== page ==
I decided to try the second yeast cake recipe:
YE2 又造神麴法：Another method for making exceptional yeast cakes
Take equal quantities of steamed, stir-fried and fresh wheat, and join them as in the previous recipe, but without the north-south cross, the offering of alcohol and dried fruit/meat, the cooked noodles, offering to the “yeast cake king” or having children shape the cakes.
Prepare the three kinds of wheat as before, join them and finely grind them. On the third day of the seventh month, make the yeast cakes. Wet them so they are “firm [more water than “just add a little”].” Pound the mixture until it is evenly mixed and fine. Make it into cakes using a round iron mold, 5 thumb-joints across, and one and half thumb-joints thick. On top of a level board, have a strong person really stomp on it. Use a peg to pierce a hole in the middle of the cake.
Clean and sweep a room with an east-facing door, and spread the cakes over the floor. Block the windows and doors, using mud to seal any cracks, so as to not allow wind to enter. Flip the cakes after seven full days. After a second seven days, gather them, and both times re-seal the room. After a third seven days, take them out, and air them in the sun until dry. The cakes are finished.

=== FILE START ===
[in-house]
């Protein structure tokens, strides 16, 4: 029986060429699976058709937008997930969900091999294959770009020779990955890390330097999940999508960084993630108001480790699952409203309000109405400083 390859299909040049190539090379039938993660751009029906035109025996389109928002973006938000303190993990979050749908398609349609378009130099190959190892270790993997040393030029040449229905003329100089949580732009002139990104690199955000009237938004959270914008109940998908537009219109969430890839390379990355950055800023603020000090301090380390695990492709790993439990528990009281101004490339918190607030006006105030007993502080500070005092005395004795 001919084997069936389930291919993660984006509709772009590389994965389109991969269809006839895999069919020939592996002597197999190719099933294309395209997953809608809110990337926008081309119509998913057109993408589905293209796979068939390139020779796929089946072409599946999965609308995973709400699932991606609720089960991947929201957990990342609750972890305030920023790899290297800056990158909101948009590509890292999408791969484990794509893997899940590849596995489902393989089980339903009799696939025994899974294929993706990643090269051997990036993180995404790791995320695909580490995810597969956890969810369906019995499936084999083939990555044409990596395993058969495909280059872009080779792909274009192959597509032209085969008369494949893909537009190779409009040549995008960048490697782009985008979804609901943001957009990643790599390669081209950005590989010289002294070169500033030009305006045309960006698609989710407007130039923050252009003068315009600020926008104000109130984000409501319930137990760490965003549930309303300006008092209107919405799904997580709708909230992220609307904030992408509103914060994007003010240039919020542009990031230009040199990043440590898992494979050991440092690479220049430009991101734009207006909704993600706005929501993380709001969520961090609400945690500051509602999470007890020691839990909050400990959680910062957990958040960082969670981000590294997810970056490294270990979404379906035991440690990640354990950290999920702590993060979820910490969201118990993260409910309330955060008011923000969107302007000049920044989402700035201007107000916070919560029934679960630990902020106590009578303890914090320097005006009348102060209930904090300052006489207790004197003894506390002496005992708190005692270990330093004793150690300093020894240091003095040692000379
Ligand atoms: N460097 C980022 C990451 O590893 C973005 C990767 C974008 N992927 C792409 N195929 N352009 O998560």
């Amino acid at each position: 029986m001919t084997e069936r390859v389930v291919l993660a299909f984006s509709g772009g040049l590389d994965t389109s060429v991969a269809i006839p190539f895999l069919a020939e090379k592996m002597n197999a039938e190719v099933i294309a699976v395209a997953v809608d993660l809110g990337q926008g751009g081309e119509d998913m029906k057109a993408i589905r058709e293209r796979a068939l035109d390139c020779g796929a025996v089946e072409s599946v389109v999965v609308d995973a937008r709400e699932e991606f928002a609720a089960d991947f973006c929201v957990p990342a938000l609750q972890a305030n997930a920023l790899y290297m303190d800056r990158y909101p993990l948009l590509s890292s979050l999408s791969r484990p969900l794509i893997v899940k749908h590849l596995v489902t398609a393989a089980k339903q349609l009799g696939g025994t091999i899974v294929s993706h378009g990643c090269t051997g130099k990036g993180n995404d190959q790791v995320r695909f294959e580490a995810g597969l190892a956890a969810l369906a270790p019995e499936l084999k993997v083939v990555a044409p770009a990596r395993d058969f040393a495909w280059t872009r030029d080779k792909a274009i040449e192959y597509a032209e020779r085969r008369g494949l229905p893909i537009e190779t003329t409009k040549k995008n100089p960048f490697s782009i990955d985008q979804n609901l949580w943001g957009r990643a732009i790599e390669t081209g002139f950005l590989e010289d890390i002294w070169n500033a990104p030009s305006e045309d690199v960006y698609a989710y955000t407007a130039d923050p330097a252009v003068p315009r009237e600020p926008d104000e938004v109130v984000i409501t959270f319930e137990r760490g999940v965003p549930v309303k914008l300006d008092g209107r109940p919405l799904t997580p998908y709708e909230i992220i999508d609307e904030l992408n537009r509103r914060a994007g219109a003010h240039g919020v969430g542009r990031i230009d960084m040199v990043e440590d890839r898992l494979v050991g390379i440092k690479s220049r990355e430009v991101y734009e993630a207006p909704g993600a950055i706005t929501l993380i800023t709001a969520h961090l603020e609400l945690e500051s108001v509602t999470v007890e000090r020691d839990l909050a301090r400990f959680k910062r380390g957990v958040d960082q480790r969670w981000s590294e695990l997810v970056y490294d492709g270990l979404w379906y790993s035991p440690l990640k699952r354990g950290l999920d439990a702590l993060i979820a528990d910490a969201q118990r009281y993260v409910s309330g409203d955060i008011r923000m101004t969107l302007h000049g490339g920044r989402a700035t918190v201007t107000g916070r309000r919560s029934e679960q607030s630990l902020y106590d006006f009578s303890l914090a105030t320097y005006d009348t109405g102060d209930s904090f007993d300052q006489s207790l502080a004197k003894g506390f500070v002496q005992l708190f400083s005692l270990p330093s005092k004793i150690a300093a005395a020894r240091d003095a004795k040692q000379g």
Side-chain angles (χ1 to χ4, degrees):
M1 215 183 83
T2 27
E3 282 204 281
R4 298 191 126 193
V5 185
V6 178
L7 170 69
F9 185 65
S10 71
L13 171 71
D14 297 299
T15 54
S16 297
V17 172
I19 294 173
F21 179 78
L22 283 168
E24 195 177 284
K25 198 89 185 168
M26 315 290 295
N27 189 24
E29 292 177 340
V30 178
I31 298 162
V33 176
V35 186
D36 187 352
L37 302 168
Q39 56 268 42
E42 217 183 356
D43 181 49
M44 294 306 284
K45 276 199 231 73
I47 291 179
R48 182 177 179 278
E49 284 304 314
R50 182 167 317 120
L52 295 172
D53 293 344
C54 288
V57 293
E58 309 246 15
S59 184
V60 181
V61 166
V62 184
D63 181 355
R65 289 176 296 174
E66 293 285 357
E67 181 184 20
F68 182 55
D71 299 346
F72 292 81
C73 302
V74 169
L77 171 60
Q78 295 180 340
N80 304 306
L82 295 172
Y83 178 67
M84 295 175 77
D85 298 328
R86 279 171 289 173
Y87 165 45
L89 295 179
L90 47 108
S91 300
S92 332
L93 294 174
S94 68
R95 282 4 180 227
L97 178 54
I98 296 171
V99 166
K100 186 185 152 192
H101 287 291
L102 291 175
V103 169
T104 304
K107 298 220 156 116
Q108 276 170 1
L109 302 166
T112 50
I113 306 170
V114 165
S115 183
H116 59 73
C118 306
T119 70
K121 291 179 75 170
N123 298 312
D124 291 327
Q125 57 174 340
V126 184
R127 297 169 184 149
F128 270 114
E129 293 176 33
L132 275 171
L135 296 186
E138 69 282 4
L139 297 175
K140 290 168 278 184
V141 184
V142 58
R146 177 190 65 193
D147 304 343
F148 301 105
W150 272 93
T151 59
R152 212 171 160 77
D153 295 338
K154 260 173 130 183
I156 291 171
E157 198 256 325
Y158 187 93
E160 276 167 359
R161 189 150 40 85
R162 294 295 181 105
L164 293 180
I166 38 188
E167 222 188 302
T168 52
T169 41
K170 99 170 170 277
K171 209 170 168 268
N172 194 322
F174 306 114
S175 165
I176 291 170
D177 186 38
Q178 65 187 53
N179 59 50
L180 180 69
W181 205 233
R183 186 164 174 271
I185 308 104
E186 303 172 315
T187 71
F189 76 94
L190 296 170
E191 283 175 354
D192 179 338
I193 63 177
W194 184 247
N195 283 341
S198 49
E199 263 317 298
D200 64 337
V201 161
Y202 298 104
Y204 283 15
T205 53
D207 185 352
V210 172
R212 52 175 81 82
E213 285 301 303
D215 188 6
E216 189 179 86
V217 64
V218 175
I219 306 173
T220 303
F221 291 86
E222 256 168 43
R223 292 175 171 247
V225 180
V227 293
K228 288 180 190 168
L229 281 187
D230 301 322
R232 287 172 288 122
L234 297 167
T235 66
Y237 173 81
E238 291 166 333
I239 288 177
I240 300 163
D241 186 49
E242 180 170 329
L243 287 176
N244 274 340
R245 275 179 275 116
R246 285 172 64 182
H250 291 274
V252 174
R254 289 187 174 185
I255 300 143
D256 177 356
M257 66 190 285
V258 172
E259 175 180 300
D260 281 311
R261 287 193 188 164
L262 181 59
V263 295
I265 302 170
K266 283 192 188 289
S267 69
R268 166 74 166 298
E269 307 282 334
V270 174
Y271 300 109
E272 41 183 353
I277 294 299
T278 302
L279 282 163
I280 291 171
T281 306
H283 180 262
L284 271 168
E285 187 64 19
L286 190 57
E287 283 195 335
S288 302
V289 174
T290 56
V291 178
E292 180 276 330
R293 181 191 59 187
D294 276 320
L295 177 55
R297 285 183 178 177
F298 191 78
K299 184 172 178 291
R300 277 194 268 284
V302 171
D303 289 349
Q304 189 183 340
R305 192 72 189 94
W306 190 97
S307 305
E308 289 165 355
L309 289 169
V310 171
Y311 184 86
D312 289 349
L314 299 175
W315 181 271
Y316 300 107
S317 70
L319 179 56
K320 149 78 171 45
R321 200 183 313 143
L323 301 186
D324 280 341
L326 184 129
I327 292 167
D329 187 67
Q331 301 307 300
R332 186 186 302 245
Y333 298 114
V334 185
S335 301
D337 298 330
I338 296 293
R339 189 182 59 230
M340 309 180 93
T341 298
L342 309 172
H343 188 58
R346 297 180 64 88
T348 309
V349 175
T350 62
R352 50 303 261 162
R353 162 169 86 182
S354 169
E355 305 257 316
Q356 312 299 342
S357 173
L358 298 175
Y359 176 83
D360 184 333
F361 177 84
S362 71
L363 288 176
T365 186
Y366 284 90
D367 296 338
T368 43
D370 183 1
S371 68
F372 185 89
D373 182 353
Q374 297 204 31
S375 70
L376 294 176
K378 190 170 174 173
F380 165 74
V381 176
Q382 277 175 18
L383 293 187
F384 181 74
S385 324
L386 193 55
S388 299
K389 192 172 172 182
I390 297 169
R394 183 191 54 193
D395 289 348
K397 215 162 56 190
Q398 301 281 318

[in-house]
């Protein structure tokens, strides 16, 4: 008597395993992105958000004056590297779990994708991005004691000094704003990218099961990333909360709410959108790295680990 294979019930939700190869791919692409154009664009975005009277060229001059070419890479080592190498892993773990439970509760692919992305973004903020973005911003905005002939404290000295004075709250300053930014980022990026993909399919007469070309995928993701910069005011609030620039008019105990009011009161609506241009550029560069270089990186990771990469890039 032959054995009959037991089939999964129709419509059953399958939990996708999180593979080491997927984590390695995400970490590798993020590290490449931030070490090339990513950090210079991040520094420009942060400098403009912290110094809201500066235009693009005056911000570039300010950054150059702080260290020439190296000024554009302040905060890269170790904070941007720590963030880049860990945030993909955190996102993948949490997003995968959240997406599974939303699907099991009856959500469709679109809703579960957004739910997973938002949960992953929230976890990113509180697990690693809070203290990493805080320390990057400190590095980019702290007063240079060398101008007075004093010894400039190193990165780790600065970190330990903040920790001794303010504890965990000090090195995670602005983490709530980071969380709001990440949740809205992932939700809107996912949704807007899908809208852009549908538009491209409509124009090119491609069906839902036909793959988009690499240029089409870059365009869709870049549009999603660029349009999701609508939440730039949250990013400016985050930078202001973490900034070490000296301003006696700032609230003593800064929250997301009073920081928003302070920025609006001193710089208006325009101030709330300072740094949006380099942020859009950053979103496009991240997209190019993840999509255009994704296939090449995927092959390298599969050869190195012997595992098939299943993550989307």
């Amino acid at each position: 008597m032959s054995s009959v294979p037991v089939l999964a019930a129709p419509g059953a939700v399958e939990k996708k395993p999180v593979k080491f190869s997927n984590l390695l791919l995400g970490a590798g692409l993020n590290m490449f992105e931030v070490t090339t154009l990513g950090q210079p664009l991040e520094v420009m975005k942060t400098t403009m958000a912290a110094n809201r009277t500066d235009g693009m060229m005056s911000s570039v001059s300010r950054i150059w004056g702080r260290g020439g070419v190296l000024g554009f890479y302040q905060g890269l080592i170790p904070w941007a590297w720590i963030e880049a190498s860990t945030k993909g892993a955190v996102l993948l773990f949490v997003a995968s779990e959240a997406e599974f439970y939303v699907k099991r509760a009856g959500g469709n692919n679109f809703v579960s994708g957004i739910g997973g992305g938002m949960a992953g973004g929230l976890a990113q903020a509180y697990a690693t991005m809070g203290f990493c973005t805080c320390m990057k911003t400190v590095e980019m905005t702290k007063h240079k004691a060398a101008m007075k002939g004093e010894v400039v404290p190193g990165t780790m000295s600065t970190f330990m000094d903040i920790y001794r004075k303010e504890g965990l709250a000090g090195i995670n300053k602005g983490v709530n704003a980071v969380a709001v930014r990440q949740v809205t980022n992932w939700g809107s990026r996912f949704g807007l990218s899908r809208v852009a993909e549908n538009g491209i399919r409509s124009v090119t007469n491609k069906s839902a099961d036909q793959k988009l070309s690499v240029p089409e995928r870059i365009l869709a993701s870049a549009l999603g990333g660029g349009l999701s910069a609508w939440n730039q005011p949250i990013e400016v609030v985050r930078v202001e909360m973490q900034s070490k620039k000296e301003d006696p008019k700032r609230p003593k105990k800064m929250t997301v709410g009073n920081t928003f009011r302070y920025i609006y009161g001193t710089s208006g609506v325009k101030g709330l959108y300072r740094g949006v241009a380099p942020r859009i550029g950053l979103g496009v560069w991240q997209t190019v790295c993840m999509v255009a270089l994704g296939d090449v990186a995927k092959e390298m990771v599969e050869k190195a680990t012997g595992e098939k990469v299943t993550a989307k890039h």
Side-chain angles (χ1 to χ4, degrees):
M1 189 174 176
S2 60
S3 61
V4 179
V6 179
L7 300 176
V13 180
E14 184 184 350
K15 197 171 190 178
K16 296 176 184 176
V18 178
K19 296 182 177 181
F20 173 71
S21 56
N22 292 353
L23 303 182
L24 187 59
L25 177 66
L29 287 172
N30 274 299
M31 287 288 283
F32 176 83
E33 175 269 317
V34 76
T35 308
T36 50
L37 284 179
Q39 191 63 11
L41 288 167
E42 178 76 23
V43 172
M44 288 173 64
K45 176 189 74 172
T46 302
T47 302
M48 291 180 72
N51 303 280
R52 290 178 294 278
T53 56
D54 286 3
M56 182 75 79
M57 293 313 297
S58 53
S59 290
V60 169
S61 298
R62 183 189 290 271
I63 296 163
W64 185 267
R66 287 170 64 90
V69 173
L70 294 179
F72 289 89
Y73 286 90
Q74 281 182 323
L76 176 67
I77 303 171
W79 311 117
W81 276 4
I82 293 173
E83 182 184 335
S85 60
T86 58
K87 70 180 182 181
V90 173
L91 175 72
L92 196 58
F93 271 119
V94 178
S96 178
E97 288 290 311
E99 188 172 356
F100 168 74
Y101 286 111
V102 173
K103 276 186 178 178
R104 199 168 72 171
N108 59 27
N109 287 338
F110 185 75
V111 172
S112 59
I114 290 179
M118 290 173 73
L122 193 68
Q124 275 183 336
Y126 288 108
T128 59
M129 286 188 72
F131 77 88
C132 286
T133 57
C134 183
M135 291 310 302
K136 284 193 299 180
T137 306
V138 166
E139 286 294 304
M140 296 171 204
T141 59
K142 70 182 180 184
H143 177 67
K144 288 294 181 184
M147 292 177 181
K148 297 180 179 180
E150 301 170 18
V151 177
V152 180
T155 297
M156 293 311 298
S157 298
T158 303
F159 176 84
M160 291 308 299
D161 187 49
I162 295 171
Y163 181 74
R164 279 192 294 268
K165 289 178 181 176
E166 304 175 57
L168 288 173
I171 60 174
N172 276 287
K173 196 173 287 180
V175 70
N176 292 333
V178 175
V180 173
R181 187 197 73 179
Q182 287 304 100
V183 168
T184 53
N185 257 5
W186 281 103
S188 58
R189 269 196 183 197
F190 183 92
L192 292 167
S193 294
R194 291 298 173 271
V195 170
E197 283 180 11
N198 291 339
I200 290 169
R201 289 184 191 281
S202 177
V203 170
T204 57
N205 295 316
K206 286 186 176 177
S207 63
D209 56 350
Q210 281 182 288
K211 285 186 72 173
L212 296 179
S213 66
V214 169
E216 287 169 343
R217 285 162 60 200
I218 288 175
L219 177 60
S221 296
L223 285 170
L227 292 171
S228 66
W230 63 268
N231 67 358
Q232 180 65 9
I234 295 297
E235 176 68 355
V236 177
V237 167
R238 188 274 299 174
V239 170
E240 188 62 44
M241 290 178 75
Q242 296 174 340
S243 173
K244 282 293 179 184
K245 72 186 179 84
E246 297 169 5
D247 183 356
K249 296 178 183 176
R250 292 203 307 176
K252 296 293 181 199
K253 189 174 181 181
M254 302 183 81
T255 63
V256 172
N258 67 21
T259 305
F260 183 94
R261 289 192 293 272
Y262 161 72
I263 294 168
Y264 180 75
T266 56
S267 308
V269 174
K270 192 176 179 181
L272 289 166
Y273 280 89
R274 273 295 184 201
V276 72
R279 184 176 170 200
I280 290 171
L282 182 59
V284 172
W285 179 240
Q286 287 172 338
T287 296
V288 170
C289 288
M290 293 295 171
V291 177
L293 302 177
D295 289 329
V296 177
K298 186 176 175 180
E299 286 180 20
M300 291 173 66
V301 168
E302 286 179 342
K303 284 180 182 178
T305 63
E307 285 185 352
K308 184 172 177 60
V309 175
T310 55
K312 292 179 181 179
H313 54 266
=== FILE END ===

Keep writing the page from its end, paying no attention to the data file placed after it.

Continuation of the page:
Whenever you please, hang the cakes for storage in a high, dry place. These cakes do not keep if stored in a weng. Cakes that are stored in a weng turn black and vile, and around the hole they will be black and rotten. If you want to have people help you, you must at least make sure that the three types of grain are equal, and don’t let three dan of grain be a limit.
One dou of these yeast cakes can ferment three dan [thirty dou] of grain, while one dou of common yeast cakes can ferment six dou of grain: whether use a little or a lot decidedly depends on this. Use Qixi burnt wheat yeast cakes or spring wine yeast cakes like common yeast cakes.
This is nearly identical to the first one, but presses the molds into cakes. I used a cheese press I had lying around.
|Mixing the three kinds of grain in a food processor.|
|I'm using this metal tray, and using sushi rolling mats to keep the bottoms from getting too damp.|
|Flipped after a week.|
|Gathered after another week|
|These are a little grosser than the first ones. I scrub them before using, since the recipes say to, and it seems to make sense.|
|Grating it on a box grater reveals the inside.|
This work is licensed under a Creative Commons Attribution-ShareAlike 4.0 International License.